Muscatine Community College (near Davenport, Iowa) is continuing to blame the coronavirus and technology concerns for the decision to cancel its virtual fall play.
Following FIRE’s Sept. 25 letter urging MCC to sponsor its scheduled fall play after cancelling it, MCC President Naomi DeWinter doubled down on the college’s stance that it will not sponsor the event due to concerns about the coronavirus and possible technology issues. Although the college is refusing involvement in the play, MCC’s theatre director Alyssa Oltmanns has taken the show on the road, working outside of the college to partner with a local theatre group, The Pearl City Players, and local nonprofit Clock, Inc., which will co-sponsor the play. That ensures that the show will go on, despite MCC’s premature curtain drop.
DeWinter’s concerns about public health and technological hurdles are unfounded — as FIRE points out in its second letter to the college — because Oltmanns, who is tasked with selecting and facilitating the play, enlisted an outside vendor to ensure the play goes off without a hitch. The outside vendor, ShowTix4U, will provide technical resources for the pre-recorded play, which will be available to ticket holders on the performance dates.
FIRE once again wrote to urge MCC to change course and co-sponsor the virtual play, without any liability for technical or health issues.
On Oct. 16, FIRE called on MCC to co-sponsor the event, be included on promotional materials, and ensure free tickets for student attendees. This participation by the college is a basic level of support — for an event it cancelled following an administrator’s concerns about content — that is not precluded by the technological and health concerns that MCC has continued to cite as its rationale for cancelling the virtual play. If the college persists in its refusal, it suggests (again) that these concerns were mere pretext to avoid involvement in a play with which administrators previously expressed discontent due to its content.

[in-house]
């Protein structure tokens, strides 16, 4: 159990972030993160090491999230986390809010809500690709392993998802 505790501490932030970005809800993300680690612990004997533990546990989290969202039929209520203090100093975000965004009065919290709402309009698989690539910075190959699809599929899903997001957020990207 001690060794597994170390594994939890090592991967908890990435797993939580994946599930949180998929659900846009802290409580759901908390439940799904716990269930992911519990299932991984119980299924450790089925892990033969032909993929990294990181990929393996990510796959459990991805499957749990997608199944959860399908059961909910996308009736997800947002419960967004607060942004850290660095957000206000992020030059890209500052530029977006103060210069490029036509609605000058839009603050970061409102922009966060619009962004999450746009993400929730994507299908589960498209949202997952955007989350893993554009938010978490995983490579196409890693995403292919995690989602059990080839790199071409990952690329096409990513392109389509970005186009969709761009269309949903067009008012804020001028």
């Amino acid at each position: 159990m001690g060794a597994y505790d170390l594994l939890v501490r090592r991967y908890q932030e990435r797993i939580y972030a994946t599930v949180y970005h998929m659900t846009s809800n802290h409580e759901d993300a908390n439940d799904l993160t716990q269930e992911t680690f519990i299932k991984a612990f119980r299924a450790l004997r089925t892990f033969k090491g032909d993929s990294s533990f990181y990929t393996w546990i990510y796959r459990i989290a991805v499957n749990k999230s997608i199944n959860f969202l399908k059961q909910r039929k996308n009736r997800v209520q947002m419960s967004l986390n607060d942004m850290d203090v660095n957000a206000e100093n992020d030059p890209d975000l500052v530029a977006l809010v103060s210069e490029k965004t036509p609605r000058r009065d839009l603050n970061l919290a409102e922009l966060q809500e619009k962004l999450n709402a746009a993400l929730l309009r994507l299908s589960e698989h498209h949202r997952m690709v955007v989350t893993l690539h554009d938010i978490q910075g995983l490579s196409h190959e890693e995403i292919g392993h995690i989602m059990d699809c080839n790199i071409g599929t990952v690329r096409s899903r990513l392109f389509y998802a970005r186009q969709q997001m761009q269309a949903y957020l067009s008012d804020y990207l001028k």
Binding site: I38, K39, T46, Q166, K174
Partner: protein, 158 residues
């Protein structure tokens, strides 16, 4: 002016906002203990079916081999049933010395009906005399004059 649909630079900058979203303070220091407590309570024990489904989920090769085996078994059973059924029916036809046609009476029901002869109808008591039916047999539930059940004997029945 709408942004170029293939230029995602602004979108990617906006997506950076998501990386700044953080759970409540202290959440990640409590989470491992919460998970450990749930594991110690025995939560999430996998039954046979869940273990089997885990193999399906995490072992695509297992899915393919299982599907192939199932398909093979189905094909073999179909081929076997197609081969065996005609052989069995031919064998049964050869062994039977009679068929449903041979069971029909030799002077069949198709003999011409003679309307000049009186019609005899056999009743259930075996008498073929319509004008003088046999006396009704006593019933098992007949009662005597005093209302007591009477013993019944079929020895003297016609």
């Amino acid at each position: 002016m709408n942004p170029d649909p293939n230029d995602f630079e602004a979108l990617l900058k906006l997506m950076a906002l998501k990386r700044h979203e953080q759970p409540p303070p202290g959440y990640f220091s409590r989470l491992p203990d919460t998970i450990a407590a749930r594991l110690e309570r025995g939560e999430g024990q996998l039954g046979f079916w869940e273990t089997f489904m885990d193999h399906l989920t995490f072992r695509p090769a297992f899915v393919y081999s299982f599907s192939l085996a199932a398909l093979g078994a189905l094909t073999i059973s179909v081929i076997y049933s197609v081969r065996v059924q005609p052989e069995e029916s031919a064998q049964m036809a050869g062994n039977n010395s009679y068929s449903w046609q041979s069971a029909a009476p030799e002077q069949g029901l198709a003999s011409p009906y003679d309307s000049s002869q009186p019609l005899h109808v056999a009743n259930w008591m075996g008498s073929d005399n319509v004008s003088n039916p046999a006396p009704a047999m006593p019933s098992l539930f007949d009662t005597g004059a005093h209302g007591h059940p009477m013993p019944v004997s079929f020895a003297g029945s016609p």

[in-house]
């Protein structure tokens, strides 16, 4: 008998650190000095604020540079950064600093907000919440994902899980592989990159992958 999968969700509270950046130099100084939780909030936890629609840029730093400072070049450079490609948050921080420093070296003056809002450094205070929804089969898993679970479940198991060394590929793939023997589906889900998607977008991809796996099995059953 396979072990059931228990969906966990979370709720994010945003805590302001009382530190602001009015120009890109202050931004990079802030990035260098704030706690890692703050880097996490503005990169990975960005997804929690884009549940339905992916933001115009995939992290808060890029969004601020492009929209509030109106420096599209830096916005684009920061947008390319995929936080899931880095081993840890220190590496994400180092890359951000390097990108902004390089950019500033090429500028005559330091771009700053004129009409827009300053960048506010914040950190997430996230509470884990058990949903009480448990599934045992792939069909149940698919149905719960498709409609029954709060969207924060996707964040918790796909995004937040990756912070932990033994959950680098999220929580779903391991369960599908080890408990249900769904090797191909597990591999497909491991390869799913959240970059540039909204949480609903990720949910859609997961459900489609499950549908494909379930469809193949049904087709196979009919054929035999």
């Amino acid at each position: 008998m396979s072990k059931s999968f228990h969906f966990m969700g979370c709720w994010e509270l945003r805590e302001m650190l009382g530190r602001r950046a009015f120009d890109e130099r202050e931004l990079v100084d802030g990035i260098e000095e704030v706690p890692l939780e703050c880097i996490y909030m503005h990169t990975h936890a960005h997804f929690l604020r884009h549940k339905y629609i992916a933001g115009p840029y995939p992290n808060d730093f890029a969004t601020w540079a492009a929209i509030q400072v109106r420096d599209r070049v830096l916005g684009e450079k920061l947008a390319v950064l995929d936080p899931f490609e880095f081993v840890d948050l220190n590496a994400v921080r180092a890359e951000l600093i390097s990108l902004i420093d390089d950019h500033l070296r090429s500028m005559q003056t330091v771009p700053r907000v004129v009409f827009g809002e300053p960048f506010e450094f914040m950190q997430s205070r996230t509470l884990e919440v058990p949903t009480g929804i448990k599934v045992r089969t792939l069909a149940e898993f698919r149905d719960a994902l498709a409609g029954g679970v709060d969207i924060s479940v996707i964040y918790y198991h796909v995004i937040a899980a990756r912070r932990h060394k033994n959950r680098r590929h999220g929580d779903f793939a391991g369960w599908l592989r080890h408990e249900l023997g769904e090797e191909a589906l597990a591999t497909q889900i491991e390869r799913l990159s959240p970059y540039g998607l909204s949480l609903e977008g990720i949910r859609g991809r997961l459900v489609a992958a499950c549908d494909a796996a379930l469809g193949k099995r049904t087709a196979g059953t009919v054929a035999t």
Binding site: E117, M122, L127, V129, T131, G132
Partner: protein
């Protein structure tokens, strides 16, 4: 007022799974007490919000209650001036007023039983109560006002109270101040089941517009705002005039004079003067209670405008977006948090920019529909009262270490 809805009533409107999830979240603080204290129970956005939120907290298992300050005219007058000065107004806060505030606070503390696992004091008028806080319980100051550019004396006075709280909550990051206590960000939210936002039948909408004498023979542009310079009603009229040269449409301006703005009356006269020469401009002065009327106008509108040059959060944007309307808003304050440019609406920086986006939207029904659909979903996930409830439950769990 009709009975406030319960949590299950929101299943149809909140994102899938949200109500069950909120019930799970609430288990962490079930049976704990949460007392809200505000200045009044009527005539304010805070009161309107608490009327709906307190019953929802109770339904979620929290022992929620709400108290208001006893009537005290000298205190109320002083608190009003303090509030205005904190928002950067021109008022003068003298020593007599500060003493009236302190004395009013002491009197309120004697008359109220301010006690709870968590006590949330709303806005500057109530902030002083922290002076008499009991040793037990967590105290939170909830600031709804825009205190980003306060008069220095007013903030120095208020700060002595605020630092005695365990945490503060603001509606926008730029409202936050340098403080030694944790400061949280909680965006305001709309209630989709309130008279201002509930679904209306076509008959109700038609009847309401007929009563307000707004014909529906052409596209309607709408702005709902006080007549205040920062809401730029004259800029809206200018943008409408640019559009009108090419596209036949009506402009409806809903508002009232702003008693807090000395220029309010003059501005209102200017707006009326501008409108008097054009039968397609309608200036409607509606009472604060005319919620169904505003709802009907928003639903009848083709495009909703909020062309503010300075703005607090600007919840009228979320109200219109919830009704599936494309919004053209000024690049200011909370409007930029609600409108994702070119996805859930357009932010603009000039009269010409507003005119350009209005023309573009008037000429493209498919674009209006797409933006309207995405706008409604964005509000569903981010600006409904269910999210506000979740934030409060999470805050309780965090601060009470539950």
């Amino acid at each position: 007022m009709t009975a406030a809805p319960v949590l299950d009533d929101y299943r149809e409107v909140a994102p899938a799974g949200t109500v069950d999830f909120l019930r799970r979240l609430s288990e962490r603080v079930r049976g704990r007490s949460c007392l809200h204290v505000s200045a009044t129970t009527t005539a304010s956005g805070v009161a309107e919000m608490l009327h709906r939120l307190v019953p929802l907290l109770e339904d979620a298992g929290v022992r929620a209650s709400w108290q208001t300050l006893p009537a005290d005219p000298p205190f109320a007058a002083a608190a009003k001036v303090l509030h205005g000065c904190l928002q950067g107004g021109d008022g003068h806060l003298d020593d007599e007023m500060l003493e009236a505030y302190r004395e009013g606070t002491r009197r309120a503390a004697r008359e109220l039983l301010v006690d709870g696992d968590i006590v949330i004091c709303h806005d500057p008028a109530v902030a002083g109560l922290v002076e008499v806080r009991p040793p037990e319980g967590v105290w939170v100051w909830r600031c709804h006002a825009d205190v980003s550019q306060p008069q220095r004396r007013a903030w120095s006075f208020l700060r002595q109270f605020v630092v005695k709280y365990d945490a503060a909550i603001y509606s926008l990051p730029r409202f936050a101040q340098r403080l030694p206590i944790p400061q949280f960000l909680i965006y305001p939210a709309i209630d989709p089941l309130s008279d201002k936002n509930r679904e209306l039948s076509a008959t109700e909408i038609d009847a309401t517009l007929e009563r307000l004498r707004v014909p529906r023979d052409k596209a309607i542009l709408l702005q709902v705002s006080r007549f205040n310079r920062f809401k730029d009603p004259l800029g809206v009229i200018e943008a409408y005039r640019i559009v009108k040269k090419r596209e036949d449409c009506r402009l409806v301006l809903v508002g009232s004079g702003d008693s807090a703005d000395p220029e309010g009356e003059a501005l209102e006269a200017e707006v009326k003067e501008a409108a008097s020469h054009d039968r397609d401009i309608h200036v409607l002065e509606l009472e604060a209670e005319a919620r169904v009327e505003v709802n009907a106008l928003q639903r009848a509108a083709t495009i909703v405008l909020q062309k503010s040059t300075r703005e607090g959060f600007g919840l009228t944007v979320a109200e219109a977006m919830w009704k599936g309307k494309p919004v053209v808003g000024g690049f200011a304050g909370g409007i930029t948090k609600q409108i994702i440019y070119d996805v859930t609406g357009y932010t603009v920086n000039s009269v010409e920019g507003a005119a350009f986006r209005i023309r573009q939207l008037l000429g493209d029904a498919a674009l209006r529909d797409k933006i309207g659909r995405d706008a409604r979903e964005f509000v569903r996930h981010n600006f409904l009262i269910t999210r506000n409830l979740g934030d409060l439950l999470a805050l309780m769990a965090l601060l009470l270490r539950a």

The play, “Dog Sees God: Confessions of a Teenage Blockhead,” is a dark comedy about Charlie Brown as a teenager, which includes themes of drug use, sexuality, LGBT+ issues and suicide. As theatre director, Oltmanns has the discretion to select the play to be performed each semester, and MCC’s cancellation of the play with clear content-based motivations creates a chilling effect that violates Oltmanns’ academic freedom and First Amendment rights.
FIRE once again wrote to urge MCC to change course and co-sponsor the virtual play, without any liability for technical or health issues. If these are the full universe of MCC’s concerns — which have already been resolved by the virtual format and outside vendor — then we hope that the college will sign on to sponsor the play and reassure the public that the theatre director has the authority to select each semester’s play without interference, mitigating the chilling effect flowing from the circumstances of the play’s cancellation.
Read FIRE’s second letter to MCC here:Follow-up-Letter-to-Muscatine-Community-College-October-16-2020